Find out what to expect when you are having a C-section.
A Caesarean Section is the surgical delivery of your baby through a cut in your abdomen. The cut is usually made just below your bikini line.
What to do at home:
Prior to your C-section you will be advised to bath and use an antiseptic soap. It is best to not shave your pubic hair 24 hours before the operation. This may increase the risk of surgical site infection. If your pubic hair needs to be removed, it will be trimmed by the gynaecologist just before the C-section.
What to expect at the hospital:
At the hospital, your abdomen will be cleansed, and a catheter will be inserted into your bladder to collect urine. Intravenous (IV) lines will be placed in a vein, either in your hand or arm, providing you with fluid and medication.
C-sections are normally done using a regional anaesthetic which can either be spinal or epidural. It numbs the lower part of your body and allows you to be awake during the operation.
The advantage of this is that the C-section delivery will be safer for you and your baby. Your partner or birth companion can also be in theatre with you. We encourage you to bring a birth companion to theatre, this will ensure that you are comfortable and feel well supported.
What to expect during surgery:
During the operation you will feel touch and some pressure, but not pain. Please alert the anaesthetist if you do feel any pain, so that it can promptly be attended to.
Duration of surgery
The operation will last about 1 hour. Your baby will be examined by the paediatrician straight after the delivery and will then be handed over to you and your partner.
After the C-section, you may still need to stay in the hospital for a few days. Your recovery will carefully be monitored in the unit, until you recover from the anaesthetic. Pain relief will also be offered to you. Options include patient-controlled analgesia (PCA) and non-steroidal anti-inflammatory drugs.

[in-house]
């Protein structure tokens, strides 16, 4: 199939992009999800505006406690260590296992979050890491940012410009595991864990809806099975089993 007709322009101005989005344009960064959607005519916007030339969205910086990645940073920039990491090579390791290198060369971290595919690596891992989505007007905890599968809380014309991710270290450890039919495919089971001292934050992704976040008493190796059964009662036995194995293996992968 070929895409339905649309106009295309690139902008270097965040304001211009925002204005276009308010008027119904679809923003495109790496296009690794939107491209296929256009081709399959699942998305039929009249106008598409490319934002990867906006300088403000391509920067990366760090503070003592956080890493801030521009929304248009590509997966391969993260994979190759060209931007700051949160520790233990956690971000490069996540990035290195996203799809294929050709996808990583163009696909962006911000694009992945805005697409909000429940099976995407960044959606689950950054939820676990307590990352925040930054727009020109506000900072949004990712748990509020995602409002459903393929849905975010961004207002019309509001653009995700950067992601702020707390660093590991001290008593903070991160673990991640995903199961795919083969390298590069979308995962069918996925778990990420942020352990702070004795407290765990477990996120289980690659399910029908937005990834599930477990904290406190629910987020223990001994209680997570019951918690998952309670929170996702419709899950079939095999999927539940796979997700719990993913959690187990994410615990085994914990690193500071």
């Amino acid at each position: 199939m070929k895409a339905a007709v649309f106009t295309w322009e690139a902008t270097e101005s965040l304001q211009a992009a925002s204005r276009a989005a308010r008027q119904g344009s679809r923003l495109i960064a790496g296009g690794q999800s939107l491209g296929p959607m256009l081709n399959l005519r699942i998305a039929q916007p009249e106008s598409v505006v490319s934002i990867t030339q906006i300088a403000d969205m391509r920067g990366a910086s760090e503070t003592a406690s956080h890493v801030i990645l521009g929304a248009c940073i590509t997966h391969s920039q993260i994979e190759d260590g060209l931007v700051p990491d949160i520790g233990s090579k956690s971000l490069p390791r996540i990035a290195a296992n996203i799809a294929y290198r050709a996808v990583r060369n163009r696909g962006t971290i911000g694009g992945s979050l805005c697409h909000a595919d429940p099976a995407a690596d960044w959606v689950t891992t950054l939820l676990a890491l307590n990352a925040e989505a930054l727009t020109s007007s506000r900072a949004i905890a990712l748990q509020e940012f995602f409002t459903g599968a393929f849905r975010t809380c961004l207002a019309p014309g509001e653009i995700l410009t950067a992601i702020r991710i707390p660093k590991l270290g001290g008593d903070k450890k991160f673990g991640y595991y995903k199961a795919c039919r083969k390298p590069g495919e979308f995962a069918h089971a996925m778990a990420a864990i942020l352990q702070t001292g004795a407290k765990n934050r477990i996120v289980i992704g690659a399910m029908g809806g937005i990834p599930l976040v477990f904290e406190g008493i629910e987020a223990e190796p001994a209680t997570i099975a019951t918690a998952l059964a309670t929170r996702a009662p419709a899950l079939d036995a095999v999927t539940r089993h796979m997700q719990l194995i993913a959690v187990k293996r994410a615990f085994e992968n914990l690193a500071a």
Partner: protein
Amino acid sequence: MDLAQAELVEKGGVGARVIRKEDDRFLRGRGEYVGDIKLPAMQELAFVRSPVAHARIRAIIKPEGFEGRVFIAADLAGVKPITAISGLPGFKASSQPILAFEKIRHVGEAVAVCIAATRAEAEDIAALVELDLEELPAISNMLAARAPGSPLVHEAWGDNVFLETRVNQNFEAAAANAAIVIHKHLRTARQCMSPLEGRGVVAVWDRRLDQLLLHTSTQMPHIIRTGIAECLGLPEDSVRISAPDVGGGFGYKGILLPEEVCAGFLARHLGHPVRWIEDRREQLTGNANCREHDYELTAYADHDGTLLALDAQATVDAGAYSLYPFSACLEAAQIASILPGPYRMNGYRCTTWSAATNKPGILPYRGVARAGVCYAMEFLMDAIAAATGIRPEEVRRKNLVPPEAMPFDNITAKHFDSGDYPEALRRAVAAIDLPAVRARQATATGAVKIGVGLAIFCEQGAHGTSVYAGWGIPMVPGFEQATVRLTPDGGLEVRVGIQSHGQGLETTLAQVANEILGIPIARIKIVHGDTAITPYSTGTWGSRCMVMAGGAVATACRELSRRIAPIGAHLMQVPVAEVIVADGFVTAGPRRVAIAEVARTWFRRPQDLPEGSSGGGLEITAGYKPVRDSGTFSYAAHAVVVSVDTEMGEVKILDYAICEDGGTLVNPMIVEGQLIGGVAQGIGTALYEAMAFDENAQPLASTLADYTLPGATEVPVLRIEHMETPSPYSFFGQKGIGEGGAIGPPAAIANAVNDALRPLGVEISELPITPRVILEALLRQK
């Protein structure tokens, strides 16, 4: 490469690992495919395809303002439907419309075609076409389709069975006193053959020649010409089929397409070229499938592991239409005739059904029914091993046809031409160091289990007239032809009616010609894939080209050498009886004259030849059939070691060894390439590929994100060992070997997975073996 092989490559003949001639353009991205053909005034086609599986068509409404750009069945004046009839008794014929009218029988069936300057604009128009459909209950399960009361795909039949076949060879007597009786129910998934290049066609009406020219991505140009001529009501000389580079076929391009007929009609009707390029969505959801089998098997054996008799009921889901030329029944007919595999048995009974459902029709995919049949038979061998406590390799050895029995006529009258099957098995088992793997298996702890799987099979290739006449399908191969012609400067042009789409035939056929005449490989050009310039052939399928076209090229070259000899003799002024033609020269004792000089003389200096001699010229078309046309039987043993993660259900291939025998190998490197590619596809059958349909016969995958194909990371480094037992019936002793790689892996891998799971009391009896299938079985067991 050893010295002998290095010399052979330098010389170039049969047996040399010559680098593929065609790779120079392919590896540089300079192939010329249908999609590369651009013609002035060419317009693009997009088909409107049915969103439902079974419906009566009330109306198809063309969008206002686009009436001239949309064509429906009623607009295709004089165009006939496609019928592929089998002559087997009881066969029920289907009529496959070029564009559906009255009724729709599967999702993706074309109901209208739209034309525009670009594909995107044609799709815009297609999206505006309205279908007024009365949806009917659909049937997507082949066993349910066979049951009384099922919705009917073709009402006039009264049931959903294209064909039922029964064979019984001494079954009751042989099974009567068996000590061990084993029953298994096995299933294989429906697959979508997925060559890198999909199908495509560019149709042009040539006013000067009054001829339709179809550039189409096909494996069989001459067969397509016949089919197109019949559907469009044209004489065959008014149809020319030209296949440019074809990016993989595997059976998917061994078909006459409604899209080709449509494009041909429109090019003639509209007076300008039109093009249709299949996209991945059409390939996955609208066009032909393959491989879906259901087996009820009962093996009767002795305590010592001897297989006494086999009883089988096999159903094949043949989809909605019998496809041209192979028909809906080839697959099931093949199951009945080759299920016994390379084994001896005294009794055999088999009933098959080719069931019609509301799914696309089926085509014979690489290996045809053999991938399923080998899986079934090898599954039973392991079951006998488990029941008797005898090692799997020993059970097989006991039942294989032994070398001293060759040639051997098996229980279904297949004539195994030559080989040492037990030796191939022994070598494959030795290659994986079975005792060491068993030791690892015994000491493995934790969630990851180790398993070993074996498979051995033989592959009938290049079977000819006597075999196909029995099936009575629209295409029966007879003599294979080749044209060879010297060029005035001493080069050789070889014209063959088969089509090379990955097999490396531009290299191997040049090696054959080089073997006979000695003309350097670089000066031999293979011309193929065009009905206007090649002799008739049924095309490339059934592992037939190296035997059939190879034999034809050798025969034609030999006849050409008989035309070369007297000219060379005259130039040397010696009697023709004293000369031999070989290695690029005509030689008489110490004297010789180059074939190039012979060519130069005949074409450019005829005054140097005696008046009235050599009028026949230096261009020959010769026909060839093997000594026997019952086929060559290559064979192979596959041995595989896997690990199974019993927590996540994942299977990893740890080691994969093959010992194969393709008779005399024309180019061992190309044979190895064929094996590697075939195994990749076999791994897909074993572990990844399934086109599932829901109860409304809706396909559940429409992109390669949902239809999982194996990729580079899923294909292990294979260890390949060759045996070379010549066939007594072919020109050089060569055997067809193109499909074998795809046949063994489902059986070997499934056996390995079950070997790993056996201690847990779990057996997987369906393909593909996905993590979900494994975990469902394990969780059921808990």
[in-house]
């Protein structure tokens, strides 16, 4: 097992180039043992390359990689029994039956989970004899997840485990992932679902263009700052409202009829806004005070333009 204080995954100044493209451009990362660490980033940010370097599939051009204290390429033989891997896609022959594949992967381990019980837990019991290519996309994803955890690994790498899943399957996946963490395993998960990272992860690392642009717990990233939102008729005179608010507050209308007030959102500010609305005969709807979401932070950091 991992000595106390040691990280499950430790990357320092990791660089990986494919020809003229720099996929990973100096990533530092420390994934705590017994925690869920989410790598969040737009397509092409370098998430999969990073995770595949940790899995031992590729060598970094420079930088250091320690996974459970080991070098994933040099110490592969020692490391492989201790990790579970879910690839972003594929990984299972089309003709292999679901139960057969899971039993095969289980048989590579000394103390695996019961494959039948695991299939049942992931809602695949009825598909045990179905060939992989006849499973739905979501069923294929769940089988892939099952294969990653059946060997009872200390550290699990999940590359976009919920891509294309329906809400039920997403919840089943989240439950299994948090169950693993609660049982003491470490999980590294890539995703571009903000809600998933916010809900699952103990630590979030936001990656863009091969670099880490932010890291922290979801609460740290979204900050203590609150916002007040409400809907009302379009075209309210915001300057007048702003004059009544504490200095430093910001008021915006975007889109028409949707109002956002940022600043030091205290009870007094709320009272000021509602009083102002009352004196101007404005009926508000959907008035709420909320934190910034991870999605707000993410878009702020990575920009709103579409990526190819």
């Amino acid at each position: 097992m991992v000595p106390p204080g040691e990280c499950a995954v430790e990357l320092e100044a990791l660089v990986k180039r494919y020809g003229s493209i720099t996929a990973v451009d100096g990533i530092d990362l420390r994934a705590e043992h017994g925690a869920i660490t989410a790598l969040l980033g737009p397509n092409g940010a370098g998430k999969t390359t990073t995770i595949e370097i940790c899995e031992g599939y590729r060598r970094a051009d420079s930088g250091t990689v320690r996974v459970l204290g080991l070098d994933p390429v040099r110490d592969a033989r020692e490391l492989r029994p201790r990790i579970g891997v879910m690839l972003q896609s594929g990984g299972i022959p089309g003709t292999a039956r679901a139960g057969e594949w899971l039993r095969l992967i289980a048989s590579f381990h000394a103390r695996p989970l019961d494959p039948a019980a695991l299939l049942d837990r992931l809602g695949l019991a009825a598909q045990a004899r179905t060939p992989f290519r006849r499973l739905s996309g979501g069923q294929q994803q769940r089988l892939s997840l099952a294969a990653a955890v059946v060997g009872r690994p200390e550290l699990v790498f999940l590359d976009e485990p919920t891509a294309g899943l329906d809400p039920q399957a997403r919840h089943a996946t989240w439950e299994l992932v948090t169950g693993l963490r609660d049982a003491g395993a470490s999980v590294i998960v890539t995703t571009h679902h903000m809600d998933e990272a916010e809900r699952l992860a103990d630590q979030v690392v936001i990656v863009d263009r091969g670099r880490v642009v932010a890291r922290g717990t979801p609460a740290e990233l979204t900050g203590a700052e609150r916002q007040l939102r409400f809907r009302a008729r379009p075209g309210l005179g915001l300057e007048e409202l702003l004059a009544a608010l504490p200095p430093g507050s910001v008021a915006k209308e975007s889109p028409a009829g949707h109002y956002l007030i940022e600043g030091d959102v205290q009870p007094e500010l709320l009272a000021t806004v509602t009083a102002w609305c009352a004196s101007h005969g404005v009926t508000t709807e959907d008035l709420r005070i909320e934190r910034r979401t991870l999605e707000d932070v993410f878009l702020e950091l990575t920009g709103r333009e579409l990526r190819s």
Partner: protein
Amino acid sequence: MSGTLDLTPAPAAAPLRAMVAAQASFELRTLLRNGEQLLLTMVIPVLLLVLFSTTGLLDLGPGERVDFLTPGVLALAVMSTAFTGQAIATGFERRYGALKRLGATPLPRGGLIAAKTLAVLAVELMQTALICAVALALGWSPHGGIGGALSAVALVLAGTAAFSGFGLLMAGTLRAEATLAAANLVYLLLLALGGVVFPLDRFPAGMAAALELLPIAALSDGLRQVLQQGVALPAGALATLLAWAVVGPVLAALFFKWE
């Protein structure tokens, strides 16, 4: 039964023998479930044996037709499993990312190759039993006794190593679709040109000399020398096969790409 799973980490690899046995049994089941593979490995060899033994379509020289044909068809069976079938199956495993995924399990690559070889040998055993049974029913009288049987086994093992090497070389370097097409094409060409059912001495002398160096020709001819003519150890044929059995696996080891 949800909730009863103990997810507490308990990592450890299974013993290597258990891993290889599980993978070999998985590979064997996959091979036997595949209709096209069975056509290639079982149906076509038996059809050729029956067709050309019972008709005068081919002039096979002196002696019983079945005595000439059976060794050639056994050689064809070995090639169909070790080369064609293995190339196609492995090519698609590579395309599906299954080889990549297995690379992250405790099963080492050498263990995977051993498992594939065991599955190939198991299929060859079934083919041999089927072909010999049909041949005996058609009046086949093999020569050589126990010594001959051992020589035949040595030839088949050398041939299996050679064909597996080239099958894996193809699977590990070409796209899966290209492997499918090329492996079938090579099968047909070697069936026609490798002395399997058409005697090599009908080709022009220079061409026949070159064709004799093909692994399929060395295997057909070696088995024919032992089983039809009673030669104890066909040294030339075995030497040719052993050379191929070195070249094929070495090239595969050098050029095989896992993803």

Once the anaesthetic begins to wear off, you’ll be advised to drink plenty of fluids. This helps to prevent constipation and deep vein thrombosis. If the doctors see that all is well after 24 hours, the drip and bladder catheter will be removed. You will be encouraged to get out of bed, slowly walk around, and have breakfast.
Expect some vaginal bleeding. If the bleeding is excessive and you are passing clots, inform either the midwife or the gynaecologist.
You can start breastfeeding your baby as soon as you feel ready. After a C-section breastfeeding might be difficult, however the midwife will be able to assist you with this.
When you go home
It is very important that someone is available to help at home. To ensure that you recover fully:
- Avoid driving, doing domestic chores, and do not lift anything heavy.
- Take it easy and rest as much as possible.
- Avoid having sex for six weeks after your C-section, this will prevent infection.
You can expect to stay in the hospital for three days. This might be longer if there are any complications with the operation. Full recovery is usually achieved within six weeks.
Before being discharged, the doctor or nurse will discuss wound care with you. Your wound will usually have dissolvable sutures, meaning that they do not need to be removed.
Warning signs and symptoms
It is very important to monitor your health and the wound. Contact your doctor if you notice any of these symptoms:
- Your wound is red, swollen, or leaking discharge
- You have a fever
- Severe wound pain
- Lower abdominal pain
- Vaginal bleeding or offensive discharge
- Cough or shortness of breath
- Painful or swollen calves
Severe mood swings, loss of appetite, overwhelming fatigue and feeling a lack of joy can be signs of postpartum depression. Consult your doctor is you are experiencing these signs.
You will come for a postnatal check-up six weeks after the C-section.
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